Hopes that the Libyan Civil War may end through a diplomatic solution were dashed on Monday, April 27, when Khalifa Haftar, the leader of the Libyan National Army (LNA), declared a 2015 United Nations–brokered agreement to unite the country effectively over, vowing to continue his assault on Tripoli.
Just more than a year ago, the LNA began its assault on the UN-recognized government based in Tripoli, the Government of National Accord (GNA), with the goal of forcibly reunifying Libya under Haftar’s leadership.
Haftar's unilateral decision has been widely condemned by various international powers, even Russia, which has defended Haftar at the United Nations, and is accused by Libyan and United States officials of secretly providing mercenaries and weapons to Haftar’s forces. Moscow has denied the accusations.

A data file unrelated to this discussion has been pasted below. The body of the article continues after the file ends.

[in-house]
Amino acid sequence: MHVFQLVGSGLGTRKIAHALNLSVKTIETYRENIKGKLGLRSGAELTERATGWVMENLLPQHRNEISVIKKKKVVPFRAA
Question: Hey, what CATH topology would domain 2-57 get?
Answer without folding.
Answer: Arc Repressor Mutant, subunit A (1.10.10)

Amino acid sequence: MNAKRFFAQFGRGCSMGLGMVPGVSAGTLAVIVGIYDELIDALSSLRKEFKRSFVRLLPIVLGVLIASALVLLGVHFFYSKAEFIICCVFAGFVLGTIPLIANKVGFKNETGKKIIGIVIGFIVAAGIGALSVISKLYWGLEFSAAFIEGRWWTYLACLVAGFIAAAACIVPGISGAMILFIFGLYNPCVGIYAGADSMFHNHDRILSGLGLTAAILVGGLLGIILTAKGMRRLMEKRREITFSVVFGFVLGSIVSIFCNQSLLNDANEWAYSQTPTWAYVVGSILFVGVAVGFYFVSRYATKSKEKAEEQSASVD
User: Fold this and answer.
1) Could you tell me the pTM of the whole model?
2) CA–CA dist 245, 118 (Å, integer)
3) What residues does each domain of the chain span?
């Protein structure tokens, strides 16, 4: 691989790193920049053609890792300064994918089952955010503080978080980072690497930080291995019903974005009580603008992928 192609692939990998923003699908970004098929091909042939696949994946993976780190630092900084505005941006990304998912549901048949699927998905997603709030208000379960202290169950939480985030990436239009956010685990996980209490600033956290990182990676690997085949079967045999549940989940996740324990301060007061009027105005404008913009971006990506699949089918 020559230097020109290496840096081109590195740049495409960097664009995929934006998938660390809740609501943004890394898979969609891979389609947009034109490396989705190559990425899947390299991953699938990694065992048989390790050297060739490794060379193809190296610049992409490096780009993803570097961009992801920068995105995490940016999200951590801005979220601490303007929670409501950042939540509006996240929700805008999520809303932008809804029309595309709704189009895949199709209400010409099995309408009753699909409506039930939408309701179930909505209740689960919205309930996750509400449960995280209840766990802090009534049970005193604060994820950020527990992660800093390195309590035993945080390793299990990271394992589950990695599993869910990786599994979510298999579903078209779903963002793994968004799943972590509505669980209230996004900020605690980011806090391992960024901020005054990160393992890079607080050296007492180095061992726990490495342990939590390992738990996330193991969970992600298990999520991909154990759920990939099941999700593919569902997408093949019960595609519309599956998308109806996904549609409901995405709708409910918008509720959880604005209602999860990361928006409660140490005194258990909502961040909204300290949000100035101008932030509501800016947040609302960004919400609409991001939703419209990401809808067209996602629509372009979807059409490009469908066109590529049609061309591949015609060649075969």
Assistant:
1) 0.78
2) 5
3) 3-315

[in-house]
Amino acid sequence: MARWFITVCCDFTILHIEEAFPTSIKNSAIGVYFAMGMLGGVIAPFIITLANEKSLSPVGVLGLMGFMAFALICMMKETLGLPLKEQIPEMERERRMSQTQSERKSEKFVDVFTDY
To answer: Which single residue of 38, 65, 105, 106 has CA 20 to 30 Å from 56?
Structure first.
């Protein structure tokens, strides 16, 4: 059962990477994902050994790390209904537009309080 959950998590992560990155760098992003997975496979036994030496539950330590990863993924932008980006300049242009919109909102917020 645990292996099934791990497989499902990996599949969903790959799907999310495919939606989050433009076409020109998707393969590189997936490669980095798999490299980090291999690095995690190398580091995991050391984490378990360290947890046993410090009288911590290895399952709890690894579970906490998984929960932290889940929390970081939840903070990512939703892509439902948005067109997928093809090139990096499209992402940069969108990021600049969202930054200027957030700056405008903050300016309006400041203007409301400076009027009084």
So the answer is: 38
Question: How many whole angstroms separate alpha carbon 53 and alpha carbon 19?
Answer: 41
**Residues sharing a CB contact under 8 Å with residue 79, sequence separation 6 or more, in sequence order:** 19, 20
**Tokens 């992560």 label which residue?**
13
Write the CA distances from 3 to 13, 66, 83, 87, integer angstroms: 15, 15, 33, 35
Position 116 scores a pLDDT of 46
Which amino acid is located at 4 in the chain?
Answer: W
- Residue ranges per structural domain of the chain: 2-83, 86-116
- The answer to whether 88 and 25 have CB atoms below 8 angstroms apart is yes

Years of war have devastated a once-efficient health system.
Healthcare in Crisis
The escalation of the Libyan conflict is especially concerning given the additional threat of COVID-19, which could cause the collapse of the country’s already-precarious healthcare services. Years of war since long-time ruler Muammar Gaddafi was overthrown in 2011 have devastated a once-efficient health system.
In March, the UN and other countries welcomed a positive response by both warring parties to a call for a humanitarian pause in the fighting to help prevent the spread of the virus. Within hours, however, heavy shelling had resumed in Tripoli.